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NASA Spacecraft Samples a Snowing Moon

Saturn's Enceladus is spurting water vapor, organic material and salt—a microbe-friendly composition

smithsonian.com

The distinct plumes of water and other organic compounds on Saturn's moon Enceladus. Image courtesy of NASA/JPL/Space Science Institute.

NASA’s Cassini spacecraft has revealed that Enceladus, a tiny moon orbiting beyond Saturn’s rings, may be capable of hosting some of the life forms found on Earth, NASA Science News reported today.

Planetary scientists using Cassini’s spectrometers found that more than 90 jets near the moon’s south pole are spurting water vapor, organic material, salt and icy particles through fissures. Essentially, it is snowing on Enceladus, and the snow’s composition is microbe-friendly, making this moon a prime candidate for gathering samples in the search for life.

“We can fly through the plume and sample it. Or we can land on the surface, look up and stick our tongues out. And voilà…we have what we came for,” Carolyn Porco, a planetary scientist and leader of the Imaging Science team for the Cassini spacecraft, said in the NASA report.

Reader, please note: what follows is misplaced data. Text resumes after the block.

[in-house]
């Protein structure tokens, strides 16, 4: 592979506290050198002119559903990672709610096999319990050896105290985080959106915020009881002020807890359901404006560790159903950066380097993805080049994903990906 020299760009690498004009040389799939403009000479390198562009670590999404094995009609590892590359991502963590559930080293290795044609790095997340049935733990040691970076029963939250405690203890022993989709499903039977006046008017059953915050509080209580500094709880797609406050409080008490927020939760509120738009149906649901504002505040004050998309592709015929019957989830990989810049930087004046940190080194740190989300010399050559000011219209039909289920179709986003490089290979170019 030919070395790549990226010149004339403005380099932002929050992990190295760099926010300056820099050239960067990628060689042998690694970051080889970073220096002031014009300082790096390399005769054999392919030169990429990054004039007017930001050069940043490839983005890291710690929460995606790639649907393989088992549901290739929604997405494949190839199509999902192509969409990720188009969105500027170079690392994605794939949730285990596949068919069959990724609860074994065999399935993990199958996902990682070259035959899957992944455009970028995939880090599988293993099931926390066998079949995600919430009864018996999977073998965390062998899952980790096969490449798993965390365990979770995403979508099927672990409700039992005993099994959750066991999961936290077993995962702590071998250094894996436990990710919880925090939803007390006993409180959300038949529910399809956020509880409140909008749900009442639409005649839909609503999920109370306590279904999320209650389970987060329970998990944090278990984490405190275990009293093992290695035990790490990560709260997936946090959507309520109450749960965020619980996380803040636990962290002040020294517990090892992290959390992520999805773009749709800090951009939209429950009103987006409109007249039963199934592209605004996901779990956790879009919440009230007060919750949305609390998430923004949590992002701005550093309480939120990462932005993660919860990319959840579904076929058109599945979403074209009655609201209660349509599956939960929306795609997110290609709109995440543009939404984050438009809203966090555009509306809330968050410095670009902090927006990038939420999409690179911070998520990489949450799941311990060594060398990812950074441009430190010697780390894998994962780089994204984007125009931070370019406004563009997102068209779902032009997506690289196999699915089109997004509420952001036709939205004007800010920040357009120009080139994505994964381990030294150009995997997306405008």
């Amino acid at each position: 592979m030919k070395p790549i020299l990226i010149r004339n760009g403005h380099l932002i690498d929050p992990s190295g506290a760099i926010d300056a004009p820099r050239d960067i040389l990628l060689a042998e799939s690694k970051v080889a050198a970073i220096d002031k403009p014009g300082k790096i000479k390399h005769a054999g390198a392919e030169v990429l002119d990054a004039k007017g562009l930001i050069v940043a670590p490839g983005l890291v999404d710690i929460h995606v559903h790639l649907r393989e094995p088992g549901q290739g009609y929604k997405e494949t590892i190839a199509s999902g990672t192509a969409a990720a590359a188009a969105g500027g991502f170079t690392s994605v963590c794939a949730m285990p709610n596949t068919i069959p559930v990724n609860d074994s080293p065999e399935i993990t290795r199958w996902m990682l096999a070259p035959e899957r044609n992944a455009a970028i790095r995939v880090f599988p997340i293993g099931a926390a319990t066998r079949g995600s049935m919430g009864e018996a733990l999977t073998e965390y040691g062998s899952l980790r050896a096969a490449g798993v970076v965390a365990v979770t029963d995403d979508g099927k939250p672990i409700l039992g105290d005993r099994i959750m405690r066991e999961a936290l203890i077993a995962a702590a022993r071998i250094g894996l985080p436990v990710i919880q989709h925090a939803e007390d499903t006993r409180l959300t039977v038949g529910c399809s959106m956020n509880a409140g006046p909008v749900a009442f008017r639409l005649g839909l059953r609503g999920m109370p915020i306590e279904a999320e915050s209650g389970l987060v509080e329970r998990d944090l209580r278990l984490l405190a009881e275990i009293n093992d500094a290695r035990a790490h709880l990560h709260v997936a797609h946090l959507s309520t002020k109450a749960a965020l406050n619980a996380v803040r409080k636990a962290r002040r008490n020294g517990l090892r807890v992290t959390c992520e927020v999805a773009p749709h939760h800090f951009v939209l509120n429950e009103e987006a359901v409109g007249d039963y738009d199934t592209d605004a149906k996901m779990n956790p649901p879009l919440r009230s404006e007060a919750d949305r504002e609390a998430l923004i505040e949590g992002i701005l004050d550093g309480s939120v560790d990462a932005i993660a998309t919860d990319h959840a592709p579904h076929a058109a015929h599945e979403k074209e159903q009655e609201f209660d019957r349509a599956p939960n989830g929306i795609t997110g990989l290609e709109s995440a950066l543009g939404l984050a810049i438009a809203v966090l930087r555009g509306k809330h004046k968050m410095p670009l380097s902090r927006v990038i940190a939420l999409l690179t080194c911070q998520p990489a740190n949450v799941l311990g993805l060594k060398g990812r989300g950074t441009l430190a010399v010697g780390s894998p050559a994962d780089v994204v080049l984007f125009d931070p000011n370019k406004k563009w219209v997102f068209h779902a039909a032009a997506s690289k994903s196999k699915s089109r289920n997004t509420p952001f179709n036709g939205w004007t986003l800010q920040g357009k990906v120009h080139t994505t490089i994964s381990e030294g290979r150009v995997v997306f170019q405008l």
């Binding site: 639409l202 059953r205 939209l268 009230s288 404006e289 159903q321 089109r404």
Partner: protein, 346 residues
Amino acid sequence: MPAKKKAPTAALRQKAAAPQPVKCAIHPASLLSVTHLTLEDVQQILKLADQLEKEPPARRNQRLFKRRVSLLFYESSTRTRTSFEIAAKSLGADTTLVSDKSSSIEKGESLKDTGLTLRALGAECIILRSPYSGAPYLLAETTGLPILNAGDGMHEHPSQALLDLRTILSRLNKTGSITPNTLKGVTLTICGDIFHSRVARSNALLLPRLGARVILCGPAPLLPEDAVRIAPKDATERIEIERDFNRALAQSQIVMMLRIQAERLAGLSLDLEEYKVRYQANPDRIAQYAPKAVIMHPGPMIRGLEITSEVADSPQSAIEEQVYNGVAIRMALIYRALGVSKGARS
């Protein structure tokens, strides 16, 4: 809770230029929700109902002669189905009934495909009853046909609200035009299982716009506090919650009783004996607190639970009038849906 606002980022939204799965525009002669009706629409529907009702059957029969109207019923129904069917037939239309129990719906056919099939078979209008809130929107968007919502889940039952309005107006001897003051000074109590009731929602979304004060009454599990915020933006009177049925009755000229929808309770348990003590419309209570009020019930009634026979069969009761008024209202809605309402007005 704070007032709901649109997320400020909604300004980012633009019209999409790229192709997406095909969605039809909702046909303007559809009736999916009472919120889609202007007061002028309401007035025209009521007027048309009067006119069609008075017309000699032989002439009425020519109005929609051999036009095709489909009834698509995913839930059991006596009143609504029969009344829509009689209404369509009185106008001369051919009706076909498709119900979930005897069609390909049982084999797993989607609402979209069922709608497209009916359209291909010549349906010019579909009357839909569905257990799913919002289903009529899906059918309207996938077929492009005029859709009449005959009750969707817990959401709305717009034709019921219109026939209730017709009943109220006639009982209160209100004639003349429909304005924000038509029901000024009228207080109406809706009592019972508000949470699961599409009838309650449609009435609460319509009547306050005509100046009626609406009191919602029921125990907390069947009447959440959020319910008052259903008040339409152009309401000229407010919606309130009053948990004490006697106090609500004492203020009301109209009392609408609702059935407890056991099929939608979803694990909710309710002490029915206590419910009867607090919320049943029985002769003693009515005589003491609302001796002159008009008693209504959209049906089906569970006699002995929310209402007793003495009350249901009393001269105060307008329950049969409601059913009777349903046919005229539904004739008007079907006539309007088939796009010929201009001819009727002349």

More critical reading and viewing to understand what we’ve learned about Saturn’s moons:

- An image of four distinct plums plumes at the south pole of Enceladus, from Cassini’s mission news earlier this week.

- Astrobiology.com’s explanation with an image of the “tiger stripes,” or fissures where water and ice sprays near the south pole of Enceladus.

- Scientific American‘s coverage last year of the discovery of water beneath Saturn’s icy moon Enceladus.

- Smithsonian’s story on Saturn’s two types of moons: those like Enceladus are similar to moons around other giant planets, such as Jupiter; the others are tiny, icy moonlets that reside on the outer edges of Saturn’s rings. They weren’t discovered until about 8 years ago when the Cassini spacecraft began imaging the Saturn system, and they were an unexpected find.

- A study published in Nature in 2010 found that Saturn’s moons formed from the accretion of material in the planet’s rings. When ring material moves beyond a certain distance from the planet—called the Roche limit—it becomes gravitationally unstable and clumps up to form the tiny moons.

- And Smithsonian’s story that year about the mystery of Saturn’s walnut-shaped moon, Iapetus.

What else have you read that’s great about Saturn’s moons? Let us know in the comments.

About K. Annabelle Smith
K. Annabelle Smith

K. Annabelle Smith is a writer based in Santa Fe, New Mexico who covers a wide variety of topics for Smithsonian.com. Her work also appears in OutsideOnline.com and Esquire.com.

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